Tuesday, September 3, 2013

Why Love Matters

Yesterday, I asked you to look with me at the story of Mary and the way that maybe more than she loved Jesus, she was in love with Him. I'm not the first one, by any means, to suggest this type of infatuation but it still sounds sacrilegious to most of us. You can't say that about the Messiah. You can't say someone was in love with Him. How dare you!


Because here's the thing, and here's what I take from having this occasional thought about Mary - maybe in love is a better way to love Jesus than simply to love Him.

Love is a funny thing. It can be a dynamic relationship or a stagnant feeling. It can be the most penetrating of all truths or the most fleeting fascination. Whenever you love something, you have to ask yourself why. What is the purpose of your love?

When we say we love Jesus and read all these stories thinking everyone loved Jesus in the same way we think we're supposed to love Jesus, it kind of stagnates the relationship. It raises the Son of God to this awkward status of being deeply loved, but that detracts from the interaction between He and we. Think about the way you read the Gospels. Maybe it's just me, but when I read the stories thinking of the ways in which Jesus was loved, I get this mental image of men and women coming to Him. I see them bowing down, kneeling, popping a squat to hear Him speak. I see them bringing gifts and gathering around Him, following Him from here to there. And I get this idea that Jesus is the story.

Jesus is not the story.

(Blasphemy! I know. Hang with me.)

The Son of God walking the earth as an object of affection and a target of love is not the story. Jesus just being here is nothing. If He doesn't get the love thing right while He's here, it's all naught. Do you understand that?

God loved us first so that we could love, and so often we look at our relationship with Jesus or with God in terms of how much we love Him. That's not the story. The story is how much He loves us.

Which is why sometimes, I like to think of Mary being in love with the Lord. I like to think of her as I described yesterday, sitting at His feet to get His attention. Lavishing gifts upon His feet so that He will look at her. Doing her best to make Him notice her, maybe even love her.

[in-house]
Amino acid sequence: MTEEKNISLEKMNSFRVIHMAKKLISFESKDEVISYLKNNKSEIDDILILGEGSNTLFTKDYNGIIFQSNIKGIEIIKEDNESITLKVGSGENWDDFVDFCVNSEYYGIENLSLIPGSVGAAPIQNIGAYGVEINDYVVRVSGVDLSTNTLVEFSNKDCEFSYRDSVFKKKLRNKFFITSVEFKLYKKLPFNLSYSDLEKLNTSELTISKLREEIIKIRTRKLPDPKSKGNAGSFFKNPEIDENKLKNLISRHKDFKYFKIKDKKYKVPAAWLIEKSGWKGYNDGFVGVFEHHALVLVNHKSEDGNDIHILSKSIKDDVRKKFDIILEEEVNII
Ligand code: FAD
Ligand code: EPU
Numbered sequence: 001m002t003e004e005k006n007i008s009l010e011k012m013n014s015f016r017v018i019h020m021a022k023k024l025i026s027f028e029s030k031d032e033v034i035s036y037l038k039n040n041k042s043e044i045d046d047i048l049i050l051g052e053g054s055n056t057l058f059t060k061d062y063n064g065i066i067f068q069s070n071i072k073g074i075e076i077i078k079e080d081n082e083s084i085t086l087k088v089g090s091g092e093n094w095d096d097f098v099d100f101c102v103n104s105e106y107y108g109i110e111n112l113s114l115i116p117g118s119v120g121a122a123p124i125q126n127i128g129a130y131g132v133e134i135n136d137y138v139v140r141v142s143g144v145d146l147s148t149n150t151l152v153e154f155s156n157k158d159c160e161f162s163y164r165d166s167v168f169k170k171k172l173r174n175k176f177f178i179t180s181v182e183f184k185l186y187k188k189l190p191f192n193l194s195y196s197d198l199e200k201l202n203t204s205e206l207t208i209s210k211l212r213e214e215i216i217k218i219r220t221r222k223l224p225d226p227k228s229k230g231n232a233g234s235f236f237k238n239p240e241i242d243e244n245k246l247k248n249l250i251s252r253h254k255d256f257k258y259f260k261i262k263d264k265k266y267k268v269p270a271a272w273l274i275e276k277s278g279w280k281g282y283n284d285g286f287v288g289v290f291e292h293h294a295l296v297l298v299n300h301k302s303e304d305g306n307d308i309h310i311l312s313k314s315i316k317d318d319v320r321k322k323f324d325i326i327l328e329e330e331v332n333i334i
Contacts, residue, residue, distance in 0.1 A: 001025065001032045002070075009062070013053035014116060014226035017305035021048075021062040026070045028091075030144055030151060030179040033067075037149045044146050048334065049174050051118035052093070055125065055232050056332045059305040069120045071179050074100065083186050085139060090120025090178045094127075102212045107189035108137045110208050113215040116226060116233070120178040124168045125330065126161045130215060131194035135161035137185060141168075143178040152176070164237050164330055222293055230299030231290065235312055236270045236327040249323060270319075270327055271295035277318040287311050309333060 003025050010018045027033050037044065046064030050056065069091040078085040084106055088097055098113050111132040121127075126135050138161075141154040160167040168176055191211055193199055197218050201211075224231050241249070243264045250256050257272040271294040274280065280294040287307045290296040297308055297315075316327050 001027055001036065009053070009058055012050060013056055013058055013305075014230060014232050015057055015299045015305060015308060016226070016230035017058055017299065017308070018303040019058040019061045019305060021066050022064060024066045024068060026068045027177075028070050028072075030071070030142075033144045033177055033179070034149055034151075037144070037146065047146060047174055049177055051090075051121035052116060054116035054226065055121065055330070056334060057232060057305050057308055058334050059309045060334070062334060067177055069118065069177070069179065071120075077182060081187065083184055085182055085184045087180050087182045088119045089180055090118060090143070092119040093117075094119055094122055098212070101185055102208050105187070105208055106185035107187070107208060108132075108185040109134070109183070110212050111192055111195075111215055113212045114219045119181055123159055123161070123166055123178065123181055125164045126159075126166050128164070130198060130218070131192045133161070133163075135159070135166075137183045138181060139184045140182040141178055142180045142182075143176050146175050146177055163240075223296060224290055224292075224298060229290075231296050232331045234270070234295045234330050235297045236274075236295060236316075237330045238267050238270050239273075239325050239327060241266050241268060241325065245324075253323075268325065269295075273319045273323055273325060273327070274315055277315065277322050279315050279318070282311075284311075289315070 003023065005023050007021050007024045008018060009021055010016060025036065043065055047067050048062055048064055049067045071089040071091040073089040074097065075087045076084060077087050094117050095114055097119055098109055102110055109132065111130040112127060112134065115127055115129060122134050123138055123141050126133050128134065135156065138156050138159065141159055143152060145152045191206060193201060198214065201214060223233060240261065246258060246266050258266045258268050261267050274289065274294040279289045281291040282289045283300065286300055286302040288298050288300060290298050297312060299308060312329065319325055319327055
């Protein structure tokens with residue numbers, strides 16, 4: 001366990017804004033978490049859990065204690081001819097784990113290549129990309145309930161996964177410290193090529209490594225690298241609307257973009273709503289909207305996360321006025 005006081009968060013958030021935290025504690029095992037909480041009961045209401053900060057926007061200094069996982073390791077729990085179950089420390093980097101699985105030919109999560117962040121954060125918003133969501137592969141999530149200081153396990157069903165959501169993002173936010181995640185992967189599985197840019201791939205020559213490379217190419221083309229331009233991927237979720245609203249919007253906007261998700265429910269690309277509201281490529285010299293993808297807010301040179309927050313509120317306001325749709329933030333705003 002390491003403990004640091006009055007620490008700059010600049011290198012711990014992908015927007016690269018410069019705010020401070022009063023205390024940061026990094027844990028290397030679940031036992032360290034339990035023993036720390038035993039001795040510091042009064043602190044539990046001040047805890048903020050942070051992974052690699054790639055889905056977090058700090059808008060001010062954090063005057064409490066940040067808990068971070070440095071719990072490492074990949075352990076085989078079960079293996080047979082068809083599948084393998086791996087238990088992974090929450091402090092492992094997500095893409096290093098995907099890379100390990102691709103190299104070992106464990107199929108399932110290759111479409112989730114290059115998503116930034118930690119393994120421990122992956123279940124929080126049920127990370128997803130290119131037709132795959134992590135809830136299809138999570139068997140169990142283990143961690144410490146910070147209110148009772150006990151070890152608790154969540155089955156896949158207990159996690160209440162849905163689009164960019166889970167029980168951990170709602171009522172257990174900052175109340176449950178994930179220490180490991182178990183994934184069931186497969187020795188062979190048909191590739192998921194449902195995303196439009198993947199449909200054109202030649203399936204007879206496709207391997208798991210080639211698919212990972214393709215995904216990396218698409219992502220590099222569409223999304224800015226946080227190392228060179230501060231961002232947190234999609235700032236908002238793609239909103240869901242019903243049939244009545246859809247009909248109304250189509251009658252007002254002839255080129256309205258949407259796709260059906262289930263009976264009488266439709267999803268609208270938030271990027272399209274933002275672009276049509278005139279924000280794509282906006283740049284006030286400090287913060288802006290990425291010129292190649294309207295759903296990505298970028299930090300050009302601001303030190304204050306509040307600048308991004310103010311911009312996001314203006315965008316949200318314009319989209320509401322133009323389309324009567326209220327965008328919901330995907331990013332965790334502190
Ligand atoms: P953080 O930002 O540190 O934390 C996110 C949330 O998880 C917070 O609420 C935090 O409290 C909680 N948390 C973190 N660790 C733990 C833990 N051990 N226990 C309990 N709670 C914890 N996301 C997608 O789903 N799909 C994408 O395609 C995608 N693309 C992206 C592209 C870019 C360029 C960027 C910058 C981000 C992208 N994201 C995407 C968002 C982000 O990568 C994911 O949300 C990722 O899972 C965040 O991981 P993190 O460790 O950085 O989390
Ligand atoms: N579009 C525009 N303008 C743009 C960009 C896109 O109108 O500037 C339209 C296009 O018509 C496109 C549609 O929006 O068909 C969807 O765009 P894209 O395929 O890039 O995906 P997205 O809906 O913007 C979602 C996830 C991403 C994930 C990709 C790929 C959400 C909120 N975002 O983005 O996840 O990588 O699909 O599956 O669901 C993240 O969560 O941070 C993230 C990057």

Because that's the story. The story is not, although we so often tell it this way, that Mary loved Jesus. It's nice and all, but it's not the story. The story is that Jesus loved Mary. I don't think we'd see that if she wasn't in some way trying to work herself into His love. If she wasn't seeking Him out not to worship Him but to elicit His response to her. When you read the story of Mary thinking how much she maybe longed for Jesus to love her back, you can't help but think about your own story and wonder what it would mean to go after Jesus in love not only because you love Him and you think that's the way you're supposed to love Him but because you hope, in the deepest part of your being, that He will love you back. You can't help but think about the longing in your heart for Him to love you.

It's too easy to lose that when we think we're supposed to love Jesus. (We should. I mean, it's really hard not to love the Guy.) But when we come before Him in worship, in idolization of all He is, when we always come bearing gifts and bringing presence and bowing down, it's easy to think we've got it right. We're loving Jesus. It just feels...hollow.

But if we would come before Him in love with Him, hoping that He notices us, longing for Him to see us, waiting on Him to love us back, we position our hearts to receive His love. We put ourselves in a place to feel, know, and live His story. We open ourselves to the possibility, however painful the hope may be, that Jesus just may one day love us. It's a lot to hold onto, but it's an exhilarating hope. And it's important to the way we experience Jesus, we interact with Him, even the way we love Him in return.

More tomorrow.

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